Joe Mangino believes he followed all the rules while applying for and accepting grants related to rebuilding his home following Superstorm Sandy.

But, despite getting back into his home nearly 7 years ago, the Stafford resident can't move on.

He and several hundred other Sandy victims remain in limbo with so-called clawbacks, in which they're being forced by the government to repay all or some of the grant money they had received to recover from the storm.

"While I am home, I am not whole," Mangino told New Jersey legislators. "I feel like we're being held hostage."

The overpaid funds were distributed in error, or ended up being a duplication of funds when taking into account other financial avenues available to storm-impacted residents. Either way, the residents who received them are on the hook, at least for now.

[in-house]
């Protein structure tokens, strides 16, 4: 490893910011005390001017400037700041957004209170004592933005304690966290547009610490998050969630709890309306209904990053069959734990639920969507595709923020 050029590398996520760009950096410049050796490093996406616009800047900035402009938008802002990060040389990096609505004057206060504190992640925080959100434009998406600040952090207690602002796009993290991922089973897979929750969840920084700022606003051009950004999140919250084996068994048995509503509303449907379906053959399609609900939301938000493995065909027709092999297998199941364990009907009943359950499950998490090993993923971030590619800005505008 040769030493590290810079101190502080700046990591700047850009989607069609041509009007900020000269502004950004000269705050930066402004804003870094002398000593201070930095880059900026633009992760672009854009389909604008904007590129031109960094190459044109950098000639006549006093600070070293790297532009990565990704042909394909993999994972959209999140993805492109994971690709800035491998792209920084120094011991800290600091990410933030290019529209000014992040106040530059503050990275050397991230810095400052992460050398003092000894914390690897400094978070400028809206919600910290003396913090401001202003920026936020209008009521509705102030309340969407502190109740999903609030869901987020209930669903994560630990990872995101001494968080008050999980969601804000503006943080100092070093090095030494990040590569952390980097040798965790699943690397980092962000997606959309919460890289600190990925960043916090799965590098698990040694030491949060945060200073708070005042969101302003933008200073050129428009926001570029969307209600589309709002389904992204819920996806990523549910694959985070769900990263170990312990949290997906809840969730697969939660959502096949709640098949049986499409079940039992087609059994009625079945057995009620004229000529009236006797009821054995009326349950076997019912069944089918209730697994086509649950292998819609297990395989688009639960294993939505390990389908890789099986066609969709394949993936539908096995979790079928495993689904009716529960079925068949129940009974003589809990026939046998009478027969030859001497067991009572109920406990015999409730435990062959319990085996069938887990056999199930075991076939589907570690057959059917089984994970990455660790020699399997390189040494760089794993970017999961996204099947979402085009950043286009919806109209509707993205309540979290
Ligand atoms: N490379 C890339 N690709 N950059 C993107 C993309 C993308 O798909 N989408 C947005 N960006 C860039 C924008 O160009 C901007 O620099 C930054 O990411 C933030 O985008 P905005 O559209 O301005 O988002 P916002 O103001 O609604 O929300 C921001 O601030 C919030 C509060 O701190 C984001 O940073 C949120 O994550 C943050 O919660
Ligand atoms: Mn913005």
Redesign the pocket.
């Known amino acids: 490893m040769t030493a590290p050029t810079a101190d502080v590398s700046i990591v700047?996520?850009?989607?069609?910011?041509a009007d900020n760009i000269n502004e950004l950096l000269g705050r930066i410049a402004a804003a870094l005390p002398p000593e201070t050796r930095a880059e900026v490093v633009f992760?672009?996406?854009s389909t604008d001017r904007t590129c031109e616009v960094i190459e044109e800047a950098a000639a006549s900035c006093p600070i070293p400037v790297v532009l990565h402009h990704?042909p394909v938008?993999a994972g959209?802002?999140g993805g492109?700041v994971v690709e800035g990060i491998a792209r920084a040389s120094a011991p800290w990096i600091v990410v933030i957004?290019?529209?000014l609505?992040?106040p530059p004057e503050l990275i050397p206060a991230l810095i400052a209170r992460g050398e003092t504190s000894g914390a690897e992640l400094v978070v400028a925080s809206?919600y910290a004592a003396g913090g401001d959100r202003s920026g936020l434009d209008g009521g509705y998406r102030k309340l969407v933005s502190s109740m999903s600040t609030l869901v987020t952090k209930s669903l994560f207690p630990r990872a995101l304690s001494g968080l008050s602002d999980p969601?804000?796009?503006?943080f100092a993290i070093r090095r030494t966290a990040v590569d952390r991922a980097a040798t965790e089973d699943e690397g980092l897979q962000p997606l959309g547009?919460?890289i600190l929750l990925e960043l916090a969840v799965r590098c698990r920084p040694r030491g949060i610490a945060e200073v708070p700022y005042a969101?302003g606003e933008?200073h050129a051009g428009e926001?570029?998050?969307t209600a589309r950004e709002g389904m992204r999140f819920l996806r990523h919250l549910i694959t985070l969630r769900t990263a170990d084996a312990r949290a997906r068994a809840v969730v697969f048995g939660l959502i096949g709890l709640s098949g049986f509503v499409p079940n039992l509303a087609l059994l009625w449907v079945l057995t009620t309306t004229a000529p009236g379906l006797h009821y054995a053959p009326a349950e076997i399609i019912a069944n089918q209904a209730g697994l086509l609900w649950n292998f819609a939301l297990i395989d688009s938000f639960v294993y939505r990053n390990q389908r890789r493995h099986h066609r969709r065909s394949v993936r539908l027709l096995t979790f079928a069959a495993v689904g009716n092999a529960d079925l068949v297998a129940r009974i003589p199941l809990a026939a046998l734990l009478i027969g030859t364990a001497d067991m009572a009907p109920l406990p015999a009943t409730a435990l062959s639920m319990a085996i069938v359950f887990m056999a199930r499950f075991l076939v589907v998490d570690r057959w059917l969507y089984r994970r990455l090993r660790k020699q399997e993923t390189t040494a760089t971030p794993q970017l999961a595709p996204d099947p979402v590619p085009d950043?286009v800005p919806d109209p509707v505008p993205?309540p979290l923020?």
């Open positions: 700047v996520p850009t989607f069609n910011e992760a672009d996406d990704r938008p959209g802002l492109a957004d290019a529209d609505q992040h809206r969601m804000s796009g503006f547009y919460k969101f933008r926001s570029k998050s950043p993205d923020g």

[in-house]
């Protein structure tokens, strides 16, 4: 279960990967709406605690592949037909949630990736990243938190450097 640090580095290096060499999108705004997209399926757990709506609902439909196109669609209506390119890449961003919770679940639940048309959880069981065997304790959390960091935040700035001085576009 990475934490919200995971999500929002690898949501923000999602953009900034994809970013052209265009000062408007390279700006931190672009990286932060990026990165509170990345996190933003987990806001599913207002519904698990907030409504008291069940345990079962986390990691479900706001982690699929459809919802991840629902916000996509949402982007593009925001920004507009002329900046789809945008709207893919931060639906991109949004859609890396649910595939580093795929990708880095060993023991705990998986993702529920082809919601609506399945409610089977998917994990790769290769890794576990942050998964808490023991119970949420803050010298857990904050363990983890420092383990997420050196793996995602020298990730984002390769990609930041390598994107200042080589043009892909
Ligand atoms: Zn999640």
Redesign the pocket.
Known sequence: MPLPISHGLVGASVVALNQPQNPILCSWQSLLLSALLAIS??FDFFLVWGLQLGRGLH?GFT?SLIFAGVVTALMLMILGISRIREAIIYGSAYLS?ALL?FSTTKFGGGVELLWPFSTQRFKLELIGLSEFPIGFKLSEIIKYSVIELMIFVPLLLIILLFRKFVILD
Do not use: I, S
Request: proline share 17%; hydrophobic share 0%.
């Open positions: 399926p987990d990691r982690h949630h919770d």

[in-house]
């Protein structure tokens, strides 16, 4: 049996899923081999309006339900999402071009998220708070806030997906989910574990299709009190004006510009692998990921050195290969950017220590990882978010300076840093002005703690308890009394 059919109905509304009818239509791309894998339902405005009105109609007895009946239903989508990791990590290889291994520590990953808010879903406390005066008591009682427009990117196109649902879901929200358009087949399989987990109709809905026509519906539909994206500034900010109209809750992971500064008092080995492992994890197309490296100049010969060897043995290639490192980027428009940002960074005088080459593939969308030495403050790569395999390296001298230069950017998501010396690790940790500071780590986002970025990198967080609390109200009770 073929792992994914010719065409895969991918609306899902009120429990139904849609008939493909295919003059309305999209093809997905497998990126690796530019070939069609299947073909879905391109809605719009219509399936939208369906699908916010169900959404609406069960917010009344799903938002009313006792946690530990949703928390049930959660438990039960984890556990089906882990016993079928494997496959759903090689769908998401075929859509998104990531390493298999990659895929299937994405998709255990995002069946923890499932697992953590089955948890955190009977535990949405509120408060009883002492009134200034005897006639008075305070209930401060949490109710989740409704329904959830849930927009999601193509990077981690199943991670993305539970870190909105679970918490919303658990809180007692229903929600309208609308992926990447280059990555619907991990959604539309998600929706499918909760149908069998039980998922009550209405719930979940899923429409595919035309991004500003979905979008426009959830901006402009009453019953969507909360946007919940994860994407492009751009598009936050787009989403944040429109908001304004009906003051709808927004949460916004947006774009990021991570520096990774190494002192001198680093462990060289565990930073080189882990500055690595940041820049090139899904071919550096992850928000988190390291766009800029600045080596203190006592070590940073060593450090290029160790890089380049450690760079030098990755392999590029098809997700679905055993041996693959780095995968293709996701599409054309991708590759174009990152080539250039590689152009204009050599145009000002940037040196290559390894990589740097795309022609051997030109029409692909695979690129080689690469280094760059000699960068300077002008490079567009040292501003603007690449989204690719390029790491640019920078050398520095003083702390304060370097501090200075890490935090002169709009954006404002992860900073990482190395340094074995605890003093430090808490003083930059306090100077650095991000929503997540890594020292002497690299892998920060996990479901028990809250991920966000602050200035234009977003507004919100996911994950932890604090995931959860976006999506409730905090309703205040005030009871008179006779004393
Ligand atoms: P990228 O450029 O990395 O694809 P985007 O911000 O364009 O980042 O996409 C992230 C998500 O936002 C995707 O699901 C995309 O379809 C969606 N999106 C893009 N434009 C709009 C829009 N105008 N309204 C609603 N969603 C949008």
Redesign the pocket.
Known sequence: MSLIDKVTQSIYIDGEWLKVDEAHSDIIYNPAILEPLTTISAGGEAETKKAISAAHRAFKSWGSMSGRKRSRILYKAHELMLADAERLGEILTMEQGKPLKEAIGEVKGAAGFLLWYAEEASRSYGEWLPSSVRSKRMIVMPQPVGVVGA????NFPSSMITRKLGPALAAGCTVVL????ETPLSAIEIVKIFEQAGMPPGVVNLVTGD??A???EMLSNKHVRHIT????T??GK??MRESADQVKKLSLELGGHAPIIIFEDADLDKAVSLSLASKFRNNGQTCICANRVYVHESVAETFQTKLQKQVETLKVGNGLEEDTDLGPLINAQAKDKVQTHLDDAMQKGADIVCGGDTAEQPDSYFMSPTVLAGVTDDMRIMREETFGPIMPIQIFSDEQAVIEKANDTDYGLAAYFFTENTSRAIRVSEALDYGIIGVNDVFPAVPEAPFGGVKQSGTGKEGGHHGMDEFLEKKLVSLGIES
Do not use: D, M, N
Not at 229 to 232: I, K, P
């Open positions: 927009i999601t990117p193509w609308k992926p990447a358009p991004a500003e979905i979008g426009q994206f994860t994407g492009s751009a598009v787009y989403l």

On May 9, the Senate Community and Urban Affairs Committee advanced legislation that would establish a simpler payback process for residents, and potentially scrap these debts altogether for some homeowners.

"People have been living in a nightmare since Superstorm Sandy and just not have been able to see themselves clear from the bureaucracy," said Sen. Christopher Connors, R-Ocean, a sponsor of the measure.

Democratic Sen. Troy Singleton is also a prime sponsor.

Specifically, the bill creates more transparency within the clawback process, and gives residents the opportunity to set up a five-year payment plan. In cases involving low- or moderate-income homeowners, based on definitions by the U.S. government, one's debt amount could be reduced or eliminated.

An Assembly version of the legislation is awaiting action by the Oversight, Reform and Federal Relations Committee.

New Jersey and federal lawmakers have some time to act on this issue, if they choose to do so. A spending bill signed by President Joe Biden in March 2022 included a two-year delay for repaying disaster funds, meaning residents won't have to start repayment until at least 2025.

Gov. Phil Murphy's administration announced a freeze on state clawback attempts in 2018.

Dino Flammia is a reporter for New Jersey 101.5. You can reach him at

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